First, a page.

Make the Most of Your Business Expenses: What You Need to Know About Depreciation

August 17, 2018

As a business owner, you likely want to claim every one of your available business expenses to ease the tax bill.

If you’re just getting started—or even if you’ve been in business for a while—depreciation may be an expense category that you aren’t very familiar with or just don’t understand. Well, it’s time to get familiar because depreciation can lead to valuable income tax deductions that may save you thousands of dollars per year while allowing you to reinvest in your business.

What Is Depreciation?

Depreciation allows you to deduct the cost of big-ticket business assets over the time you use them rather than deducting the cost of the asset in a single year.

For example, say you buy a $2,400 MacBook Pro for your business. Hopefully, that MacBook will last more than one year. So rather than deduct the full cost in the year you buy it, you can allocate a portion of the cost to each of the years you’ll use it in your business.

How is Depreciation Calculated?

In general, there are two methods for applying depreciation to your business: Tax depreciation and book depreciation. Tax depreciation is set by law, while book depreciation can be used for your own accounting purposes.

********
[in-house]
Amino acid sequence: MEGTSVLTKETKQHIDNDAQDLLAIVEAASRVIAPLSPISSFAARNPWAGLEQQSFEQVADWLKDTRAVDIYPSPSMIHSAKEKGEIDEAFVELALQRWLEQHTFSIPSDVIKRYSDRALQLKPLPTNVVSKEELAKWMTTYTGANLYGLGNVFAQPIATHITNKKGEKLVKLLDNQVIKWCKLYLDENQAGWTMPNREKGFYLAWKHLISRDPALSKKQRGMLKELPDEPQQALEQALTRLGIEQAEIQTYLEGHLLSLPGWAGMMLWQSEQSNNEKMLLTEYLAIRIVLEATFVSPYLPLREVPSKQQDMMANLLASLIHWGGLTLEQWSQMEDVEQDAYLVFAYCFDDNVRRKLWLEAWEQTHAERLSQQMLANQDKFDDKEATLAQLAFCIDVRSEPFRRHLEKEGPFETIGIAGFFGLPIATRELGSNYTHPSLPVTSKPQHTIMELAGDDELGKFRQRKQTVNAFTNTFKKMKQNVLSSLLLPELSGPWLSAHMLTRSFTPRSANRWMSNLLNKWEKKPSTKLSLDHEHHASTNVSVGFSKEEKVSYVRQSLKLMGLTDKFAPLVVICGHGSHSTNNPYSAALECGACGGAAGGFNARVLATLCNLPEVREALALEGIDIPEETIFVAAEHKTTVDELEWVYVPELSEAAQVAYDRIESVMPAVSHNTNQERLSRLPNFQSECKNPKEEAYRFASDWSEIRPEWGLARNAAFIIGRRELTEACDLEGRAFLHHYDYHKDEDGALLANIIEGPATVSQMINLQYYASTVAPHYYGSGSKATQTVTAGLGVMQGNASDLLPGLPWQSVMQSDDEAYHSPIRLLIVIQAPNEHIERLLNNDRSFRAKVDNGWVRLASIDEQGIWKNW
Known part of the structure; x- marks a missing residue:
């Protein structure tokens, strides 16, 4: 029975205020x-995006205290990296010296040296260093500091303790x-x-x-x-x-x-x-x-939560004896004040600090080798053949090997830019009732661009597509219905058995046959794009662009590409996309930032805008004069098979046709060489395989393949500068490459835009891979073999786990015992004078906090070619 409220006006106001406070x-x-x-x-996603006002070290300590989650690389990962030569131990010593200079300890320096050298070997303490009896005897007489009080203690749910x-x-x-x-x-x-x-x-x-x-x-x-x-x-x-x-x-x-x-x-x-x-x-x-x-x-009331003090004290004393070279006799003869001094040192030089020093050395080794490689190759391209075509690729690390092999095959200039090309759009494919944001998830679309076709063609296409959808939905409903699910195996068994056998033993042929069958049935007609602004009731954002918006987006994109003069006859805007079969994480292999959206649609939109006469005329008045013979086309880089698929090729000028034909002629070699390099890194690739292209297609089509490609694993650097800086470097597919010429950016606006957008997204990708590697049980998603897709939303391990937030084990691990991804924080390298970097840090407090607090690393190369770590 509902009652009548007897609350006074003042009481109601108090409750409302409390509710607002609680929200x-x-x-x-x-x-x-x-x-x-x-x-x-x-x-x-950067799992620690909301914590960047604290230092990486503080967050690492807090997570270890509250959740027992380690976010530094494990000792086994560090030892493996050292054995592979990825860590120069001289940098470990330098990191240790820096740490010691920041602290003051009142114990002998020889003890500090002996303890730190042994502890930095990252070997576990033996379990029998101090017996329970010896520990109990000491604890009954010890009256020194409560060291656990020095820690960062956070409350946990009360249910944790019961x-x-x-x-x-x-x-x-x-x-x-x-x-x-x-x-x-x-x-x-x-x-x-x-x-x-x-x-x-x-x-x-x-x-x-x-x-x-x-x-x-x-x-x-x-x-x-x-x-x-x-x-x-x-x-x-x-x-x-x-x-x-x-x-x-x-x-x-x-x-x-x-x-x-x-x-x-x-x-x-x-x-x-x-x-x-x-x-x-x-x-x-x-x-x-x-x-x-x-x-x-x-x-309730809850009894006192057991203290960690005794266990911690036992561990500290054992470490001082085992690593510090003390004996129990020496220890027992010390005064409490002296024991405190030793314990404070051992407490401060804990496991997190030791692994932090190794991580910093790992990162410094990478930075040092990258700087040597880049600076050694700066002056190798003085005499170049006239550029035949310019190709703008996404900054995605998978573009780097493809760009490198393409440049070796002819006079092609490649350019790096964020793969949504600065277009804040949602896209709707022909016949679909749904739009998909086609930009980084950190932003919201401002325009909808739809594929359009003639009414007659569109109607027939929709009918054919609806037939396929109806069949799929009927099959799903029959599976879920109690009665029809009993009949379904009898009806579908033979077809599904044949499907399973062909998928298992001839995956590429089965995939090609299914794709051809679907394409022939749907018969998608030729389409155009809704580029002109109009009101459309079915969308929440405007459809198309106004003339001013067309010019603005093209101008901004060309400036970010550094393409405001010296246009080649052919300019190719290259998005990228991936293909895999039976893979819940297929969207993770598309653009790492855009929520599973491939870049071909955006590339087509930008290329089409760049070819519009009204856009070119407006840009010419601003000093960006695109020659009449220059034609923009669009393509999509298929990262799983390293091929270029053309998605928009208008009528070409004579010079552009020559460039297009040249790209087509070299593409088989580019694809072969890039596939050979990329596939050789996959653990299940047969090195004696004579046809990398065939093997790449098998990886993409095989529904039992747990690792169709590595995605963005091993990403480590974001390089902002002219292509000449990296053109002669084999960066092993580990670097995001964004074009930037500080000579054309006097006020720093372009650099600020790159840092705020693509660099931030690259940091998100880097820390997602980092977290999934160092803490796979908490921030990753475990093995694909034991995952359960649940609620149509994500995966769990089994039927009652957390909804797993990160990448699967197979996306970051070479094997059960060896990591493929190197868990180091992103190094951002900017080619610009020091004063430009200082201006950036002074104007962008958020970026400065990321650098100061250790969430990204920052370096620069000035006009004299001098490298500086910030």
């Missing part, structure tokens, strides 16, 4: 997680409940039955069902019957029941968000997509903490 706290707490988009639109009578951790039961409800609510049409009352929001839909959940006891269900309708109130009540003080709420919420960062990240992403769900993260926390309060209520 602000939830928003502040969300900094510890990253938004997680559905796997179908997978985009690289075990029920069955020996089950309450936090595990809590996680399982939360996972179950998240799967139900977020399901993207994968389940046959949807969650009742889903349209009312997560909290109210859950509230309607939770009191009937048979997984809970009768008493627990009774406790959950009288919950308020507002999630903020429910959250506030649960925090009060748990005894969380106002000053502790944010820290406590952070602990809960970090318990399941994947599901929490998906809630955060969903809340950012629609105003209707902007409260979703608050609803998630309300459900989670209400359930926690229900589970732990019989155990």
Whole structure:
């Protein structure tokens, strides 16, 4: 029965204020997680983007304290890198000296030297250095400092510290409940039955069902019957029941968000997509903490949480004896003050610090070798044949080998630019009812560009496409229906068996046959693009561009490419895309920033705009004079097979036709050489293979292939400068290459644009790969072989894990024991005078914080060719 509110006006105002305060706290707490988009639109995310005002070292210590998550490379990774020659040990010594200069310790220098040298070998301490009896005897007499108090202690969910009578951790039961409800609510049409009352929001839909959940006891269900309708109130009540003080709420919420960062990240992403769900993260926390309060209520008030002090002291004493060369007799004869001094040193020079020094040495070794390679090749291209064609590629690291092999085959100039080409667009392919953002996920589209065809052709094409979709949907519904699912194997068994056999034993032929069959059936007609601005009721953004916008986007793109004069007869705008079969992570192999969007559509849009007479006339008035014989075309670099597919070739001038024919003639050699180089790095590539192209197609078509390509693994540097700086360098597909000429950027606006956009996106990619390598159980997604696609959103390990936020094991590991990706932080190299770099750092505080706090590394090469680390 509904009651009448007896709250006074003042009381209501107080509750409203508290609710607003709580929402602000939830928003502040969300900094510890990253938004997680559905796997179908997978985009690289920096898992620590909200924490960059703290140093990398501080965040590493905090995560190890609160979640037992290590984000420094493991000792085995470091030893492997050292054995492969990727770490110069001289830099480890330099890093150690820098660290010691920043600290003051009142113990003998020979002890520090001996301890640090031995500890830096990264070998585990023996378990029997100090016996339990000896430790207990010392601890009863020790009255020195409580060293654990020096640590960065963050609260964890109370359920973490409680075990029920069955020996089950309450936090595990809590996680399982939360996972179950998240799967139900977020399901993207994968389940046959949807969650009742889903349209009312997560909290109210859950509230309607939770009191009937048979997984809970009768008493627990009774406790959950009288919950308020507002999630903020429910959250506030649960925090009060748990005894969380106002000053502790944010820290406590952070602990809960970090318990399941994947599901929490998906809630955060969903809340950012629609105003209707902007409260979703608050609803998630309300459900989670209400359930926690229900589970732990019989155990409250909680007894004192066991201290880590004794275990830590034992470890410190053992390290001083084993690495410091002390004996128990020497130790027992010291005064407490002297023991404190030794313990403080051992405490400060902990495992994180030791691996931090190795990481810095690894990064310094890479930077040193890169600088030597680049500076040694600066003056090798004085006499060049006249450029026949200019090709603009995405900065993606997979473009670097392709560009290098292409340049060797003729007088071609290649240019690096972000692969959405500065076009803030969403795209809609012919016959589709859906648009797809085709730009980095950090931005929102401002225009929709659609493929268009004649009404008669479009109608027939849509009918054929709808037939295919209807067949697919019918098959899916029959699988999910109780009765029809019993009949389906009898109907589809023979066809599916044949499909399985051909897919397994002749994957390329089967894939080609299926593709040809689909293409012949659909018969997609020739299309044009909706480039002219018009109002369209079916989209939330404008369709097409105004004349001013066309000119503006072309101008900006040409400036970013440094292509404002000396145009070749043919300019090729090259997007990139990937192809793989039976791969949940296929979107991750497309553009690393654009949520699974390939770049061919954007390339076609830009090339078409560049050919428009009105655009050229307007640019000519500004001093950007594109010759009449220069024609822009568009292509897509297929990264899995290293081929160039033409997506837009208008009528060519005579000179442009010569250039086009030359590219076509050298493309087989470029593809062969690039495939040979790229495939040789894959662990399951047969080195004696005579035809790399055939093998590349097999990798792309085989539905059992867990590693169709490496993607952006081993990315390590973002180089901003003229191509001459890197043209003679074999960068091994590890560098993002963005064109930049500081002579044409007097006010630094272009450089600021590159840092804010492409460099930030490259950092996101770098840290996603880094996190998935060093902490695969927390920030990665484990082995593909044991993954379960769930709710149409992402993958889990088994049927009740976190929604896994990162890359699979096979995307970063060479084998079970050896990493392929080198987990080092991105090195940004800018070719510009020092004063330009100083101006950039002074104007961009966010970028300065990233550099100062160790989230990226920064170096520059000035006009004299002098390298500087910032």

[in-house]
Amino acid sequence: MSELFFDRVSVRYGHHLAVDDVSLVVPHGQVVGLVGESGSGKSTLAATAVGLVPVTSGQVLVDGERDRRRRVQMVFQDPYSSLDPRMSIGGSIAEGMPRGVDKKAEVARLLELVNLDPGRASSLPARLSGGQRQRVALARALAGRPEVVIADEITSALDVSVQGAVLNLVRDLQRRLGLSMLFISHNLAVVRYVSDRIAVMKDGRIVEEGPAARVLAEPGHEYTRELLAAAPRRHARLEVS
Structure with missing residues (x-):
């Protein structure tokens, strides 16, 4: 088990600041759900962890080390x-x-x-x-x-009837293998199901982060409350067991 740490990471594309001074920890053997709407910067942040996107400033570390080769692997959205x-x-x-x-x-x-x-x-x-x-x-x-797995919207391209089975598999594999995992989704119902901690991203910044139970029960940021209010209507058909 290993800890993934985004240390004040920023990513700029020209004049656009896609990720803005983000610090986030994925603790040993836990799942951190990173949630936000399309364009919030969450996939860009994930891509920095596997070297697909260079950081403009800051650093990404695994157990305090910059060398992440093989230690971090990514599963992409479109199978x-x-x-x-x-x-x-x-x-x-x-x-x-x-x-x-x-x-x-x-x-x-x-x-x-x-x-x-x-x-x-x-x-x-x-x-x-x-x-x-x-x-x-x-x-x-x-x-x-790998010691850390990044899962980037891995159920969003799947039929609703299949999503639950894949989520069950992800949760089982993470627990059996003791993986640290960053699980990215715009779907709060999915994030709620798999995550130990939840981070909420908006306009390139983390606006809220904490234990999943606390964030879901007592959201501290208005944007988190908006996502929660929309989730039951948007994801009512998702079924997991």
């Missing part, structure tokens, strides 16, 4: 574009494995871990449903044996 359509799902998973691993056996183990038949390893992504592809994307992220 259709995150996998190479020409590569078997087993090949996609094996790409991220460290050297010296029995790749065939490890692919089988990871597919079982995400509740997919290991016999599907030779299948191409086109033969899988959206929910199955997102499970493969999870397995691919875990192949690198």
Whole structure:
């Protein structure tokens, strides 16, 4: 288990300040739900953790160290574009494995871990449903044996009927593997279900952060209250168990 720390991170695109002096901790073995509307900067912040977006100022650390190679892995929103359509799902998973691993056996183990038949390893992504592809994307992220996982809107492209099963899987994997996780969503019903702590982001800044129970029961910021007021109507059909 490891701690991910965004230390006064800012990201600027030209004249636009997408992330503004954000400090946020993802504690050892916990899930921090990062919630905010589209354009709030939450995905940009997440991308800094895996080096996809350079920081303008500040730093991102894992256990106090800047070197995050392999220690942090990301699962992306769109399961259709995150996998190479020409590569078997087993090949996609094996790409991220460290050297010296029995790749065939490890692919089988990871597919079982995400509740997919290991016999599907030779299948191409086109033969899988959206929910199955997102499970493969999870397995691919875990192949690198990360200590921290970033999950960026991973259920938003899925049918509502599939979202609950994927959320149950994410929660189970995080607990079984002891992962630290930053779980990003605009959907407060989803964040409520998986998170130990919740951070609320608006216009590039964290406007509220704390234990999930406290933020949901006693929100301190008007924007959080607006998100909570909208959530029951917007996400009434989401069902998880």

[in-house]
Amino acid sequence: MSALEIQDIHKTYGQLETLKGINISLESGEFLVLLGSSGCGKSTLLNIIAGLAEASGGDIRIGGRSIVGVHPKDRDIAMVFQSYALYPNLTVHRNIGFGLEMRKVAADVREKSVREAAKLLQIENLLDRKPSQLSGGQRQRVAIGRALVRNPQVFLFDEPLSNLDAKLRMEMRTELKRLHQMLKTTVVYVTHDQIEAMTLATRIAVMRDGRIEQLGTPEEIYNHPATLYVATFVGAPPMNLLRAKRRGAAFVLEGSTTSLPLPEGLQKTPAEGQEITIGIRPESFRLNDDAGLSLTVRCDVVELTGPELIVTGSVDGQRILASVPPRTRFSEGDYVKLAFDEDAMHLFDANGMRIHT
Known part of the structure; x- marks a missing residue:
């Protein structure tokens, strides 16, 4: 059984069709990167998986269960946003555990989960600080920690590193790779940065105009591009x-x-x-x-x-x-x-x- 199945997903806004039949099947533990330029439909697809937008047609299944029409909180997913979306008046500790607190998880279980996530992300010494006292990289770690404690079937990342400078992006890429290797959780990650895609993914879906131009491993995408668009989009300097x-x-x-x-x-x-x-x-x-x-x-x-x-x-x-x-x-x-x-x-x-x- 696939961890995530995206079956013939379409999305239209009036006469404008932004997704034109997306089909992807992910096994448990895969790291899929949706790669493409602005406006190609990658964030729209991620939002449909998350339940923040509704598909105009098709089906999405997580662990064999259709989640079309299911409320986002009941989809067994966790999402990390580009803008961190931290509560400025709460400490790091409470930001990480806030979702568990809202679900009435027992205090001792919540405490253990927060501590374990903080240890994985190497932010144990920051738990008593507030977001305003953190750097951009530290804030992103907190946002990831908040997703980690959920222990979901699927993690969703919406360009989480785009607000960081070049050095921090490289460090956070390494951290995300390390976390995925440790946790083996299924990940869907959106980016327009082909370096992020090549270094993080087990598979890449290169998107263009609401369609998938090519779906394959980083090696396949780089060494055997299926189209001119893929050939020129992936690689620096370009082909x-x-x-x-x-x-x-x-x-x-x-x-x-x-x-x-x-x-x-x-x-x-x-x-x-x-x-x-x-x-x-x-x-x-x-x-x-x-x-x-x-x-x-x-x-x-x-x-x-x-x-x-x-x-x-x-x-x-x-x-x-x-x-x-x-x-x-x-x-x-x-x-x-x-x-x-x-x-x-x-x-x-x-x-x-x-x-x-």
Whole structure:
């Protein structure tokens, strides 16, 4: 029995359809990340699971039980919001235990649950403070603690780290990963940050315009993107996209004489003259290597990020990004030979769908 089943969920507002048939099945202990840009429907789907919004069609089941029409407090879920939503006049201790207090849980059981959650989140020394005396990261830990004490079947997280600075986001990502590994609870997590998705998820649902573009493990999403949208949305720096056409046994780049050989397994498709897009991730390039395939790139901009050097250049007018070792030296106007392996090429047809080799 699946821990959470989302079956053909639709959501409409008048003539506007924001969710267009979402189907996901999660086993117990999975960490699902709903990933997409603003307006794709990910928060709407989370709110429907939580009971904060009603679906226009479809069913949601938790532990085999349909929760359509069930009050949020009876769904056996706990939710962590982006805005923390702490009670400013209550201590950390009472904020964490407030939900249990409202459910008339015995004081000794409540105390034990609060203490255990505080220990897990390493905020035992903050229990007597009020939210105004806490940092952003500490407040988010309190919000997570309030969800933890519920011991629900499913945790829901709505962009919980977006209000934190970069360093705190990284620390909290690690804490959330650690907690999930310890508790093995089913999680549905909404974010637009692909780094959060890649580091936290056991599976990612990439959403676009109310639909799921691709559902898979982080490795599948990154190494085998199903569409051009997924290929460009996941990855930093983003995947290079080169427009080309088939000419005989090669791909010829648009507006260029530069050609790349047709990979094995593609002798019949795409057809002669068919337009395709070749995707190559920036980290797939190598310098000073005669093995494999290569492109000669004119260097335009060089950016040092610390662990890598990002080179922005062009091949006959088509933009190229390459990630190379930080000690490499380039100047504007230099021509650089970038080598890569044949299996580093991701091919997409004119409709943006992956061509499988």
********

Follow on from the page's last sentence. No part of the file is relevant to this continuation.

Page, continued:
About Tax Depreciation

Tax depreciation also matches the cost of the asset to the amount of time you will use the asset in your business. For tax purposes, most assets are depreciated using the Modified Accelerated Cost Recovery System (MACRS), which lets you take a larger deduction in the first few years of the asset’s useful life and a smaller write off later. However, the asset’s useful life depends on the asset class. The most commonly used asset classes for small businesses are:

IRS Publication 946 provides detailed tables to help you calculate MACRS depreciation depending on the type of asset you are depreciating. Calculating MACRS is much more complicated than straight-line depreciation, so it’s usually best to leave these calculations to your software or tax preparer.



About Book Depreciation

Book depreciation is a method of depreciation you might use for your own books and records. The goal is to match the cost of an asset with the revenue it helps you earn across its lifetime.

The most common way to depreciate assets for book purposes is the straight-line method. With this method, you take the total cost of the asset and divide it by its useful life. The result is the amount you’ll depreciation each full year until you’ve reached the end of the asset’s useful life.